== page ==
Oral Health Risks Associated With Bipolar Disorder
Did you know that living with bipolar disorder can affect the health and appearance of your teeth? One of the biggest complications is side-effects caused by prescription medications like the use of lithium therapy. By understanding the risks to your smile, people living with bipolar disorder can improve the outlook for their smile.
Xerostomia (Dry Mouth)
Prescription medications and the frequent use of lithium therapy makes xerostomia one of the biggest oral health concerns in people that live with bipolar disorder. Having a dry mouth prevents saliva from lubricating the teeth and gums, and almost always leads to large amounts of tooth decay as well as a risk for gum disease. Patients that battle xerostomia should be very careful about their diet, drink plenty of water, and ask their dentist for a prescription fluoride gel to use at home. Adding xylitol gum or spray to your daily routine can also help prevent decay.
Swollen, sore, red oral tissues can cause oral pain that makes eating or wearing prosthesis like a denture very uncomfortable. Keeping the mouth lubricated is important, as well as taking out prosthesis overnight. If you have sores that do not heal within 2 weeks, you should contact your dentist. For temporary pain relief, you can mix one part milk of magnesia and one part liquid antihistamine together and rinse your mouth (just be careful not to swallow it).
Abrasion of the teeth is a common finding in dental patients with bipolar disorder. Brushing too aggressively or with a stiff bristled toothbrush can actually cause enamel to be abraded from the teeth, as well as lead to gum recession. Always use a soft-bristled toothbrush with only enough pressure to cause gentle blanching of the gums. Electric brushes are a great way to help break the habit of aggressive brushing. If your toothbrush bristles splay out on your brush after a few weeks of using it, then you are brushing too hard.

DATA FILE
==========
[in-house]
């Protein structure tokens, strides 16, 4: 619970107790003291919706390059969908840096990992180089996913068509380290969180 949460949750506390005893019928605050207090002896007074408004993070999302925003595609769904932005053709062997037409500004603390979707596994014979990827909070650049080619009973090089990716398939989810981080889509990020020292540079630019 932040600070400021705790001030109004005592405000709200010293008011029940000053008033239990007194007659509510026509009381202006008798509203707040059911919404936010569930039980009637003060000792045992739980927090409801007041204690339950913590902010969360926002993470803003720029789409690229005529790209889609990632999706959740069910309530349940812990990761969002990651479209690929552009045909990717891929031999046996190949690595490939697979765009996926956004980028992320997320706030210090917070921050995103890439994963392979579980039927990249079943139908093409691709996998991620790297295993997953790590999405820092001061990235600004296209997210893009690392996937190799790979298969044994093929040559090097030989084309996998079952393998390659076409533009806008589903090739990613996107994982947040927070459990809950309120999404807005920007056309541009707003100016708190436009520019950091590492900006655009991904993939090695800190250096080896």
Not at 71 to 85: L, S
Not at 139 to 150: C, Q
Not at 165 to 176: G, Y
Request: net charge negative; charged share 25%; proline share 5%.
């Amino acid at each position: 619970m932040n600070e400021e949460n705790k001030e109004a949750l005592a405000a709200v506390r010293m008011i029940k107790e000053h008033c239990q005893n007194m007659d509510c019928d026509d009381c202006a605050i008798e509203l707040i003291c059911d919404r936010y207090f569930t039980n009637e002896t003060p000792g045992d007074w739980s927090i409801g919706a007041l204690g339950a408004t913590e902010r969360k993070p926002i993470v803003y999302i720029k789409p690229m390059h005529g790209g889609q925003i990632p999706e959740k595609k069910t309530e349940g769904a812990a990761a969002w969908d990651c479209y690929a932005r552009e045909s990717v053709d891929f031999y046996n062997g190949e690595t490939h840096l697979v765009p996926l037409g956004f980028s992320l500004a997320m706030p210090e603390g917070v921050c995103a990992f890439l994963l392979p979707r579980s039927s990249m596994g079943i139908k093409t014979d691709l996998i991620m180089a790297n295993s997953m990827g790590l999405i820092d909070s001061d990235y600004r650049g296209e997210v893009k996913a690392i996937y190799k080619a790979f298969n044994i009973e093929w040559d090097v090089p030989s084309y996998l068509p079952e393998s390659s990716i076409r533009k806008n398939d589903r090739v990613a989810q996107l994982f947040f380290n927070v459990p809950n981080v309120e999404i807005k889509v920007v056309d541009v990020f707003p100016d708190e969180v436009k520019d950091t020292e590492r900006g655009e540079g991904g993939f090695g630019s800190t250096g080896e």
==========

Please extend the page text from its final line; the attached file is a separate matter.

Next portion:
Poor Dental Health Caused by Neglect or Poor Diet
Depression, poor self-care, and an unbalanced diet can lead to an increased amount of bacteria in the mouth. In turn, this leads to tooth decay and gum disease across the entire mouth. Brushing twice each day, flossing daily, and limiting sugar or carbohydrate-loaded snacks throughout the day is important. Purchasing an electric toothbrush can improve gum health, and a prescription for fluoride can help strengthen weak enamel that is prone to developing cavities.
Clenching and grinding (bruxism) of the teeth may happen subconsciously, causing advanced wear of your teeth or even headaches. When the jaws are in a resting position, the teeth should not be in contact with those in the opposite arch, even though the mouth is closed. Having a bite splint made can prevent the jaws from clenching together and damaging teeth or restorations throughout your mouth.
Always schedule routine care visits with your dental office twice each year. During these visits you’ll receive a preventive cleaning, examination, and necessary x-rays. Your dentist can assess if you’re experiencing faster-than-normal wear or destruction of your teeth, and advise what preventive or interceptive measures should be taken. It’s also important to inform your dentist of medications that you’re taking, as this can affect prescriptions that your dentist may need to write for you, or what types of local anesthetic to use during treatments.